Gareth Southgate has highlighted the challenge to mental health posed by isolation and loss of routine during the coronavirus pandemic as he made it plain that football was no longer uppermost in his thoughts.

The England manager ought to have been gearing up for Wembley friendlies against Italy and Denmark and counting down to Euro 2020 but the former have been cancelled and the latter postponed until next summer.

Southgate has written an open letter to England fans in which he urged everyone to follow the government guidelines and said that the heroes of the coming months would not be footballers, rather the doctors and nurses who risk their lives caring for others. In a typically well-judged piece, he talked about both the “physical and emotional” impact of the crisis.

“For everyone in our country, the primary focus of the present – and the coming months – is undoubtedly to look after our families, support our communities and work together to come through what is clearly the most extreme test that we’ve faced collectively in decades,” Southgate said.

“In the way you’ve all come together to support our team, we must now work together to combat a virus that is causing physical and emotional issues to so many. So, please continue to follow the guidelines for hygiene and also the sensible precautions put in place to control the spread of the virus in order to protect those most vulnerable to its impact. That responsibility lies with us all.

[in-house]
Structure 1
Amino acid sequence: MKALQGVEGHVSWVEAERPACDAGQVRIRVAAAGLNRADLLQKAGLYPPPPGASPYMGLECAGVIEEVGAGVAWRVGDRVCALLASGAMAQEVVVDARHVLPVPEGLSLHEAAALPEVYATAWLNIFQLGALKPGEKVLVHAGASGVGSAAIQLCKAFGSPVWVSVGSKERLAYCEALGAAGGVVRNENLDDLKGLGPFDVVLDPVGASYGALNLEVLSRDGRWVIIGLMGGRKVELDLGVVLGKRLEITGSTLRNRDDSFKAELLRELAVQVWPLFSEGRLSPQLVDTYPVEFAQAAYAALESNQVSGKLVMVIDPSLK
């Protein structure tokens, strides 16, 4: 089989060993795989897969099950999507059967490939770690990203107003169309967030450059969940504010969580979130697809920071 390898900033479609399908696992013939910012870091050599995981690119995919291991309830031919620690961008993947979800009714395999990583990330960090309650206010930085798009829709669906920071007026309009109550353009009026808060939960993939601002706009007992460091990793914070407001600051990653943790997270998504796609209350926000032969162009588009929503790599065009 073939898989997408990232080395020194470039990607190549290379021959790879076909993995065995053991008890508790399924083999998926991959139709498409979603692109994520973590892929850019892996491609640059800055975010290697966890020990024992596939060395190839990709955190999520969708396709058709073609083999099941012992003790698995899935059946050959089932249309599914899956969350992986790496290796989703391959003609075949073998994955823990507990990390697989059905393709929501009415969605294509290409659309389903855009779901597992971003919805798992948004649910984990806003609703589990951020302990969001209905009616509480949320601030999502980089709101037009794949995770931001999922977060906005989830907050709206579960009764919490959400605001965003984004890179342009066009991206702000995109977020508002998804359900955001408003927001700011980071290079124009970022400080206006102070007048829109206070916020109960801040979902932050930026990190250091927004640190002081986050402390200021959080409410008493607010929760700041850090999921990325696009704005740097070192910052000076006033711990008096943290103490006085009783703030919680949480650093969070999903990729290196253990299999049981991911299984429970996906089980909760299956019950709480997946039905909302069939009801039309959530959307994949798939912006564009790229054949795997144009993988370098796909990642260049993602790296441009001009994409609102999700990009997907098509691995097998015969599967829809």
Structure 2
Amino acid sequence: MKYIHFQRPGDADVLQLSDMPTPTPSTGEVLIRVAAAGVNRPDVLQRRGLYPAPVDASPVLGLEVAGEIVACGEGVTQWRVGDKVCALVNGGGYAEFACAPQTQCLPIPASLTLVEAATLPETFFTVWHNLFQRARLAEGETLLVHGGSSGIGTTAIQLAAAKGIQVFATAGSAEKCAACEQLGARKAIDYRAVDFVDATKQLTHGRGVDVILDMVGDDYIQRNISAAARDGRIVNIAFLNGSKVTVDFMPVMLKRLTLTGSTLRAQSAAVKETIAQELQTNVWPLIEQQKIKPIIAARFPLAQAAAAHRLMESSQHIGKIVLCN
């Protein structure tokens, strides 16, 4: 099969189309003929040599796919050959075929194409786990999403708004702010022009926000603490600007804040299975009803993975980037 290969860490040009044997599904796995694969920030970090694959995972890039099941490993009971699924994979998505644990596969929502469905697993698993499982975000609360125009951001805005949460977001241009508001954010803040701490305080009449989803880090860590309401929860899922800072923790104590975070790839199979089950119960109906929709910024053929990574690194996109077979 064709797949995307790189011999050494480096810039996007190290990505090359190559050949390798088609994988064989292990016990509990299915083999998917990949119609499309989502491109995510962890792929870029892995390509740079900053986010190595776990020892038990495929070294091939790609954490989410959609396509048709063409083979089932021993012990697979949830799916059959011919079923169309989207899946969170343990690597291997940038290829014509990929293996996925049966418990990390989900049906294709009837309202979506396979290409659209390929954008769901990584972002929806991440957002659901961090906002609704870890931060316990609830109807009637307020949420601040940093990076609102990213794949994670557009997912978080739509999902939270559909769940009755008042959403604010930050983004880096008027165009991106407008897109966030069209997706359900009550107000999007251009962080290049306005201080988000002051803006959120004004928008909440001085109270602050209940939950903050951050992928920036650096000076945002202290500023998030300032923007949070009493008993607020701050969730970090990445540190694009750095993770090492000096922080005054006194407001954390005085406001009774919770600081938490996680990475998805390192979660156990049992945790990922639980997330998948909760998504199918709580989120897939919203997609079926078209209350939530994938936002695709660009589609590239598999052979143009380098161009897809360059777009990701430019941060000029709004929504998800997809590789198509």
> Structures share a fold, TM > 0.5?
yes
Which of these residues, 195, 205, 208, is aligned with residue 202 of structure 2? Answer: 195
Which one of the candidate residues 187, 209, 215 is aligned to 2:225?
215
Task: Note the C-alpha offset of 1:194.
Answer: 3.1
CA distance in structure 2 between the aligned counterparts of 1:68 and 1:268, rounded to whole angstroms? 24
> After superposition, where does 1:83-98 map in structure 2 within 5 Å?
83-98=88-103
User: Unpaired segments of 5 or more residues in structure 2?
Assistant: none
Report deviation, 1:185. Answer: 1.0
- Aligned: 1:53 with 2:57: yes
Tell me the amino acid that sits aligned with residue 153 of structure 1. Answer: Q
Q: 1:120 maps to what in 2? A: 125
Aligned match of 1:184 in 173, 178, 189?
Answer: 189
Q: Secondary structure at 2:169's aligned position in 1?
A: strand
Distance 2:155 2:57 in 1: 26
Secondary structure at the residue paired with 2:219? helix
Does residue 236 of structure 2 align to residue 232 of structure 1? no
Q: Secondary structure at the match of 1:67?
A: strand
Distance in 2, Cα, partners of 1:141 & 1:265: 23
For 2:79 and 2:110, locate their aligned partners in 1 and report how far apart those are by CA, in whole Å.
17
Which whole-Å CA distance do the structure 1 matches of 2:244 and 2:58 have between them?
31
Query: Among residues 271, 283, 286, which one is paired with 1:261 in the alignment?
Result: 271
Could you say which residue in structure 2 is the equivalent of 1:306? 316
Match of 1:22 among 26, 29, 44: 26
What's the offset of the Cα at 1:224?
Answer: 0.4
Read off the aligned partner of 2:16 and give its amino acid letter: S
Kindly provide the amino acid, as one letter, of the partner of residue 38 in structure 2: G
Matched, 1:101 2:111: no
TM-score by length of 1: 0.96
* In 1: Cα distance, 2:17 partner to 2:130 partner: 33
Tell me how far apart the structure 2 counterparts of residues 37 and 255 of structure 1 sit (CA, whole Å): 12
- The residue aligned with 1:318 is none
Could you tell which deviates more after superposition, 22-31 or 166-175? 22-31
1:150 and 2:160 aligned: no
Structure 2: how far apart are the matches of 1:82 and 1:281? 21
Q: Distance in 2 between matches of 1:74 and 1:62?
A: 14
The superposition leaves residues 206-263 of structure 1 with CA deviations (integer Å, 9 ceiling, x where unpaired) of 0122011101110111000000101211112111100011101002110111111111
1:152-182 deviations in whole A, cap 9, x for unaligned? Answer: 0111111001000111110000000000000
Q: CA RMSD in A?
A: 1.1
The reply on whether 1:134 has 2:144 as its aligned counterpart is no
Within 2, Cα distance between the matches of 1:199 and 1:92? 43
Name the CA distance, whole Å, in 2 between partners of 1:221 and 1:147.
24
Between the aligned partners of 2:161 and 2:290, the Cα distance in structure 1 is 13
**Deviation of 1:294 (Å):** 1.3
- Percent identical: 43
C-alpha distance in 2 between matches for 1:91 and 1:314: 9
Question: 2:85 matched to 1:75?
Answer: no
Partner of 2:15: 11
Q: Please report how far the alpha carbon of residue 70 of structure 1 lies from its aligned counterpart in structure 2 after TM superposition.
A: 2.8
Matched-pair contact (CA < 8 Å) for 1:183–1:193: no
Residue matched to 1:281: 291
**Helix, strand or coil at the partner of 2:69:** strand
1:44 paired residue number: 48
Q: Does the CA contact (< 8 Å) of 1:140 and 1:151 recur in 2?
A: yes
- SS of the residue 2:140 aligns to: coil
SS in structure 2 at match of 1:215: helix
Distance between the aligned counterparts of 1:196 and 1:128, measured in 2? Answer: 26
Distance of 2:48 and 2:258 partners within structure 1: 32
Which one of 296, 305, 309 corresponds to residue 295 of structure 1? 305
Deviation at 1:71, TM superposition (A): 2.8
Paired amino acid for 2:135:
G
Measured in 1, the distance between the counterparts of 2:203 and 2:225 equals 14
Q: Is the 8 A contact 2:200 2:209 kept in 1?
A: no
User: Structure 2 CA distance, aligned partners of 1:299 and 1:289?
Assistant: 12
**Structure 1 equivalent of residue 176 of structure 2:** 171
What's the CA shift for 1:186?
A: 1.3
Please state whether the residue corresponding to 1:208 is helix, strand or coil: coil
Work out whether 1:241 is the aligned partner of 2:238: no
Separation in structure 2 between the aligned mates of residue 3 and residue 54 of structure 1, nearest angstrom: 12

“We are also conscious of the economic uncertainty affecting so many businesses and, consequently, virtually every family. Coupled with the unique challenges of self-isolation, the loss of routine to normal working and social life, we face real challenges to our mental wellbeing. Our children may feel anxious with uncertainty. It’s not normal for any of us and it’s going to challenge us all.

“We were due to play next week and to represent you all this summer but now is clearly not the moment for us to take centre stage. The heroes will be the men and women who continue working tirelessly in our hospitals and medical centres to look after our friends and families. They won’t receive the individual acclaim but we all know their importance is beyond anything we do on the pitch.”

The Euros have been moved from 12 June-12 July of this year to 11 June-11
July of next, with the intention being to stage the tournament as planned across 12 cities, including London, Glasgow and Dublin.

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“When we play again as an England team, it will be at a time when not only our country but the rest of the world as well is on the road to recovery,” Southgate said. “Hopefully we will be closer to each other than ever and ready for the beautiful distraction that football can bring.

“To play in a European Championship next summer will still be possible for all of our squad and so we shouldn’t spend another moment thinking about the postponement of the competition. I feel sure that, when that moment comes, I will never have been prouder to be the leader.”

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